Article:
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  • Six states had ratified the Federal constitution when the New Hampshire convention met at Exeter on the 13th of February 1788, to accept or reject that instrument, and so great was the opposition to it among the delegates from the central part of the state that after a discussion of ten days the leaders in favour of ratification dared not risk a decisive vote, but procured an adjournment in order that certain delegates who had been instructed to vote against it might consult their constituents.
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  • National elections in New Hampshire were carried by the Federalists until 1816, except in 1804 when President Thomas Jefferson won by a small majority; but within this period of Federalist supremacy in national politics the Democrat-Republicans elected the governor from 1805 to 1812 inclusive except in 1809.
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  • In 1816 the Democrats won both state and national elections; and out of the transition from Federalist to Democratic control, which was effected under the leadership of William Plumer (1759-1850), a prominent politician in New Hampshire for half a century, a United States senator from 1802 to 1807 and governor of the state in1812-1813and 1816-1819, arose the famous Dartmouth College Case.
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  • Accordingly, his denunciation of President Andrew Jackson's bank policy added strength to the Jacksonian Democracy, and, later, his Whig connexions were the greatest source of the Whig party's weakness in New Hampshire.
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  • Hitchcock, Geology of New Hampshire (Concord, 1874-1878); New Hampshire Annual Reports (1871), especially those of the Forestry Commission, Fish and Game Commission, Board of Agriculture and Board of Charities and Correction; J.
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  • Colby, Manual of the Constitution of the State of New Hampshire (Concord, 1902), containing an historical sketch of the constitutions of the state; F.
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  • Ward, " The New Hampshire Constitution," in The New England Magazine, N.S., vol.
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  • Deane; New Hampshire Provincial Papers; documents and records relating to the province from the earliest period of its settlement (Concord, 1867-1873); J.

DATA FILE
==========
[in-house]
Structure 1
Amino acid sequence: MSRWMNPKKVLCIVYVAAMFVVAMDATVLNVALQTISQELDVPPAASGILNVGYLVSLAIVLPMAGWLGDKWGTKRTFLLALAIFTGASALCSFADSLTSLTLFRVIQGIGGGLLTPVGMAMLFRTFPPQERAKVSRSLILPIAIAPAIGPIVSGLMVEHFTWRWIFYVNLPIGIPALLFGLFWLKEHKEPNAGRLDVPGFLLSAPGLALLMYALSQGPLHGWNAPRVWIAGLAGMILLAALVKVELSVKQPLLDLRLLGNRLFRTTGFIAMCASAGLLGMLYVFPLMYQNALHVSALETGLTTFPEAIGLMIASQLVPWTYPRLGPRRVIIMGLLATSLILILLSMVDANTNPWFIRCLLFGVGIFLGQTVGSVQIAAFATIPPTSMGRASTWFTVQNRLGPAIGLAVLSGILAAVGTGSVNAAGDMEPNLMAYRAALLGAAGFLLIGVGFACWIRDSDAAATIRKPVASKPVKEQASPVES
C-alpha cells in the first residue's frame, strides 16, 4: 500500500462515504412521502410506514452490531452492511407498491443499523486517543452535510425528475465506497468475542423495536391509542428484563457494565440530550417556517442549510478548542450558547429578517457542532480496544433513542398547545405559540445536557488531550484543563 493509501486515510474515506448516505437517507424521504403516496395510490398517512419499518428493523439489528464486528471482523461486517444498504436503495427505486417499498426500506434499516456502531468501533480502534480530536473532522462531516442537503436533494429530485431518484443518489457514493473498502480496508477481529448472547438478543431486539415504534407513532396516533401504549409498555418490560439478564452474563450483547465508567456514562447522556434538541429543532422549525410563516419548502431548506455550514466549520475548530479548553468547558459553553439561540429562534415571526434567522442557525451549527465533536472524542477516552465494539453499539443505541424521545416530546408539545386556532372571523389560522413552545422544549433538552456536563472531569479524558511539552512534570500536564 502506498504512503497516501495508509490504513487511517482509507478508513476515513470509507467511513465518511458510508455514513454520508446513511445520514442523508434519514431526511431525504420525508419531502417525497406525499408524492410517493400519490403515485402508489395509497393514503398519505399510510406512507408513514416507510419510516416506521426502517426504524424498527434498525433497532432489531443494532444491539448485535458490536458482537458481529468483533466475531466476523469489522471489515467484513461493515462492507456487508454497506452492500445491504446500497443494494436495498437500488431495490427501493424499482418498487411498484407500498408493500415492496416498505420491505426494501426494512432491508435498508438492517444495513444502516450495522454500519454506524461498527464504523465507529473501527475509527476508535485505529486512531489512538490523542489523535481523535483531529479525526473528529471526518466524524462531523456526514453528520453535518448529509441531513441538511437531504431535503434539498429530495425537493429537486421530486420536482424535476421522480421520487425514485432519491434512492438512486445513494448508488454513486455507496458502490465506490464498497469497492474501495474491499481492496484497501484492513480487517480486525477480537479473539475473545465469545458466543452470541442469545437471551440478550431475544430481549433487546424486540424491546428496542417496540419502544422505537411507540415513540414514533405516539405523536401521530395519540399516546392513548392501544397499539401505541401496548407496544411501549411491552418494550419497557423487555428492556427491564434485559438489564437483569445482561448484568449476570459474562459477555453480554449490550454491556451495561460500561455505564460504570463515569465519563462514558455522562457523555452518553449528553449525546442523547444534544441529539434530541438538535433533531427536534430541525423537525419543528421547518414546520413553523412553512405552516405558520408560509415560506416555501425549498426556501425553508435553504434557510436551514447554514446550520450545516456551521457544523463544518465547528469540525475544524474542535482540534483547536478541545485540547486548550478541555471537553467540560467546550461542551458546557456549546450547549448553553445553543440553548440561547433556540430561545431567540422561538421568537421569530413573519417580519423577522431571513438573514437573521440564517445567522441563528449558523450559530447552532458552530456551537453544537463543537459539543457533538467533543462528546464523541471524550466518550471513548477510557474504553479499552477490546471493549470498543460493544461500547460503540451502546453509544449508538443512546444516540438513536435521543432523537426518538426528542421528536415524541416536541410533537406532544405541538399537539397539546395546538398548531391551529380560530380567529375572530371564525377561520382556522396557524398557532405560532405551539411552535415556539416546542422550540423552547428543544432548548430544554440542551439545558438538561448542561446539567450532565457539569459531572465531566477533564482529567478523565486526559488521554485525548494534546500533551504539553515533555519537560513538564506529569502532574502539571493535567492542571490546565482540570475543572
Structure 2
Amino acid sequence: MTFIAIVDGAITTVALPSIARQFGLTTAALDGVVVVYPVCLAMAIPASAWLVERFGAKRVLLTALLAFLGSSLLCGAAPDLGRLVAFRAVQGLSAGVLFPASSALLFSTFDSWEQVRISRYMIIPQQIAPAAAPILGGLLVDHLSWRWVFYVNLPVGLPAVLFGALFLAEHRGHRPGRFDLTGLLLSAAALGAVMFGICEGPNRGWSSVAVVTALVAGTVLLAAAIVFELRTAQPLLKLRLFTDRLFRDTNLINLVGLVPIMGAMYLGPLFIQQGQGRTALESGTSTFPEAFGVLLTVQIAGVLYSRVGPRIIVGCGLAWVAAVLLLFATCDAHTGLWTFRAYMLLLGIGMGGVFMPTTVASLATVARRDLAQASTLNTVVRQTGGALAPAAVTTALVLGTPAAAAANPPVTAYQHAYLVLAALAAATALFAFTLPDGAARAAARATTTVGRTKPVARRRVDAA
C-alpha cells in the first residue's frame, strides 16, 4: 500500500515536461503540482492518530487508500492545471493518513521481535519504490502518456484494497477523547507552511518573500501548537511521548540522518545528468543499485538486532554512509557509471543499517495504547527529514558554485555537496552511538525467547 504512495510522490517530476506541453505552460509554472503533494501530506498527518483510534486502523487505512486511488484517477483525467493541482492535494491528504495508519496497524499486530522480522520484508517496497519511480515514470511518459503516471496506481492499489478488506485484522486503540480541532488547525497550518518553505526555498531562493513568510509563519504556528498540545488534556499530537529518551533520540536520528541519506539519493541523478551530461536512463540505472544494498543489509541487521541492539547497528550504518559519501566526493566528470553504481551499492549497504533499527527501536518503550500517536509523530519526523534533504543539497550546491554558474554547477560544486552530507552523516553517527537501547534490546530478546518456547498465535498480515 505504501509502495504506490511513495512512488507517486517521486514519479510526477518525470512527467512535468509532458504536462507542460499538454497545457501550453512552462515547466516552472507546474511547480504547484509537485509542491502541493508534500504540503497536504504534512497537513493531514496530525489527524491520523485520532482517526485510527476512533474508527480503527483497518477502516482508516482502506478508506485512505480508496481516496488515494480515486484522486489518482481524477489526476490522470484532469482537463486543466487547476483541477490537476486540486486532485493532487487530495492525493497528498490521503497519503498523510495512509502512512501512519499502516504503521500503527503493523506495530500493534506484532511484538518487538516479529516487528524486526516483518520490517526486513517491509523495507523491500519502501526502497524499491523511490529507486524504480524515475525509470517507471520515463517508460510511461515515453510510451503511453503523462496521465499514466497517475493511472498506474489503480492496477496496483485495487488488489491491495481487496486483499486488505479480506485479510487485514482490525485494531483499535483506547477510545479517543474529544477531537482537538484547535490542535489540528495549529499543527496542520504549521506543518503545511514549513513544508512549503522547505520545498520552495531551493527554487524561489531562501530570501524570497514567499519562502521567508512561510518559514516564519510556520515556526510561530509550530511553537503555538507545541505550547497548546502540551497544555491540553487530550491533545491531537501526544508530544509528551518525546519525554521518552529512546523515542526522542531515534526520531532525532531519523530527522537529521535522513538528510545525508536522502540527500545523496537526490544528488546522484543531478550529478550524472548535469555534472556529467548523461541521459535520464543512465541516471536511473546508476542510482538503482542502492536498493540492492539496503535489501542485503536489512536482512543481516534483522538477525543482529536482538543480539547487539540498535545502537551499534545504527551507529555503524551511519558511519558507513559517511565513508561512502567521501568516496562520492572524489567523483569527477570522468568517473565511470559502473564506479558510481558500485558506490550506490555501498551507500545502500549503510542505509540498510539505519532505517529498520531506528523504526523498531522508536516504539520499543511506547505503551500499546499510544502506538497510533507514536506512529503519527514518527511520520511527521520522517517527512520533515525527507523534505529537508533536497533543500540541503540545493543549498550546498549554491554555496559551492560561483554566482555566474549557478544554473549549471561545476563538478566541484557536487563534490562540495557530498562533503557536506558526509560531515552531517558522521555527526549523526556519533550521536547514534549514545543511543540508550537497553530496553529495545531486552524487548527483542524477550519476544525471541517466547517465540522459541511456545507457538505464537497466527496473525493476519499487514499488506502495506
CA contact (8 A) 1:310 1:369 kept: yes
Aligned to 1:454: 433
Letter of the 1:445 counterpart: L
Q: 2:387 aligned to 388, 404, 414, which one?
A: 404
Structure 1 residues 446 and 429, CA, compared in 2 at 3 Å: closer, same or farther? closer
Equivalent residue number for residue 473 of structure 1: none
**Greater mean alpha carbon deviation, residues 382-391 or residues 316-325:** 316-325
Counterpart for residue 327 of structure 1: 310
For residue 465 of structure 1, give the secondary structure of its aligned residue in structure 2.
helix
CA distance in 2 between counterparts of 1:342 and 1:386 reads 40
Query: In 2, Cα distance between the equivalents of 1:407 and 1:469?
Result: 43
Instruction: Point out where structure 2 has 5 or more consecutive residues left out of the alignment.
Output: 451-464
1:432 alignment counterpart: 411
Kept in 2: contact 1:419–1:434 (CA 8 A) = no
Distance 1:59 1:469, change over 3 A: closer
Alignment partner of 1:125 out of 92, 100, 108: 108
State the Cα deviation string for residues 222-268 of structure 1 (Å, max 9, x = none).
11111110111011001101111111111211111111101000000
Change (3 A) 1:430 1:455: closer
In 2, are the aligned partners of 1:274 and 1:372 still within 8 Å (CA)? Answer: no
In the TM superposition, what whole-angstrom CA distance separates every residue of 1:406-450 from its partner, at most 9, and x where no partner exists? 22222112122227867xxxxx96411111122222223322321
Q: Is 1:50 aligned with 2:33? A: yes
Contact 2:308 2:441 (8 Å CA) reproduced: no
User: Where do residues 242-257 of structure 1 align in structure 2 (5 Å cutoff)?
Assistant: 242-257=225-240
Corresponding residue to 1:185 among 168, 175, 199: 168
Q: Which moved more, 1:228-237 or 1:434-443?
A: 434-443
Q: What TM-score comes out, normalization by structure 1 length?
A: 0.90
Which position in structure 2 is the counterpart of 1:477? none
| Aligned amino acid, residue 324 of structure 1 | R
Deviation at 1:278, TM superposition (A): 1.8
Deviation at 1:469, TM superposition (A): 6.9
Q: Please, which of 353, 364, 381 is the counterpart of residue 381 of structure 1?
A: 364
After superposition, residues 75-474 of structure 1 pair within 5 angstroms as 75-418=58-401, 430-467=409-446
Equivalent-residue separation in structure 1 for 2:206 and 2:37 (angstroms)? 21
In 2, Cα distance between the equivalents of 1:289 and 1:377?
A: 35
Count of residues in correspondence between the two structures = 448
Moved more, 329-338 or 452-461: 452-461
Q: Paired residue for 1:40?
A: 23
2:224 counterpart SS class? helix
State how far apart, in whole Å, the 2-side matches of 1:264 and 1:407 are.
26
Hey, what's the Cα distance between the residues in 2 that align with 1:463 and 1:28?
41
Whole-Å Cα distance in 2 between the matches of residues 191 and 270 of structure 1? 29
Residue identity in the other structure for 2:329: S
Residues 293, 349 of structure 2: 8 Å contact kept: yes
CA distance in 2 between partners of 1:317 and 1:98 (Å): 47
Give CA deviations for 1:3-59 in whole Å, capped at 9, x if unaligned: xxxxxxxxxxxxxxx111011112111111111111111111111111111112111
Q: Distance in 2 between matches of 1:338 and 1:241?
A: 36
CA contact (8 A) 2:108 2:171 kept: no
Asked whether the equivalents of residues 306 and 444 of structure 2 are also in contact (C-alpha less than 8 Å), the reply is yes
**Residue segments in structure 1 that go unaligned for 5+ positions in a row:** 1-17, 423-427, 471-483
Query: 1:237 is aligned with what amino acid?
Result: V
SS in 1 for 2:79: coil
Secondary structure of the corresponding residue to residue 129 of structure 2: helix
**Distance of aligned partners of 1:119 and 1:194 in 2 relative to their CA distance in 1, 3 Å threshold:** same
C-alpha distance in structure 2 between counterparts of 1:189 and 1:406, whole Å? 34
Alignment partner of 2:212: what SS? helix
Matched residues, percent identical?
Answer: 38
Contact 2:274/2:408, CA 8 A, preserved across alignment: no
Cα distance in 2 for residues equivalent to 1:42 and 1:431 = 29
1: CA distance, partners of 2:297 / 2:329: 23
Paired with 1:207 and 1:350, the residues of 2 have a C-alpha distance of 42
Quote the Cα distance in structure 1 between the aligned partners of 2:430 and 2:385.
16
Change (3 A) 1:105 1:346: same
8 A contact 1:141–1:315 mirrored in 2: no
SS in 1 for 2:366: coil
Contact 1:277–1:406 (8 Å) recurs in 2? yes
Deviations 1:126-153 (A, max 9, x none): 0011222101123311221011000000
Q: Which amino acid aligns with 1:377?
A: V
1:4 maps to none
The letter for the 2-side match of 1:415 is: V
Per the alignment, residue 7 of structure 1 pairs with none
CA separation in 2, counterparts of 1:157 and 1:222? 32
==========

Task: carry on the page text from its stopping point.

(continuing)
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  • Belknap, The History of New Hampshire (Philadelphia, 1784); Life of William Plumer (Boston, 1857), by his son William Plumer, Jr.; G.
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  • Barstow, The History of New Hampshire from its discovery, in 1614, to the passage of the toleration act, in 1819 (New York, 1853); E.
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  • Charlton, New Hampshire as it is (Claremont, 1857); J.
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  • McClintock, History of New Hampshire (Boston, 1889); F.
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  • Fry, New Hampshire as a Royal Province (New York, 1908).
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  • His father, Benjamin Pierce (1757-1839), served in the American army throughout the War of Independence, was a Democratic member of the New Hampshire House of Representatives from 1789 to 1803, and was governor of the state in 1827-1829.
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  • In January 1852 the legislature of New Hampshire proposed him as a candidate for the presidency, and when the Democratic national convention met at Baltimore in the following June the Virginia delegation brought forward his name on the thirty-fifth ballot.
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  • The school was never incorporated, it had no buildings, and the lectures were delivered in the law offices of its instructors, but among its 1000 or more students were many who afterwards became famous, including John C. Calhoun; Levi Woodbury (1789-1851), United States senator from New Hampshire in1825-1831and in 1841-1845, secretary of the navy in 1831-1834 and of the treasury in 1834-1841, and a justice of the United States Supreme Court from 1845; John Y.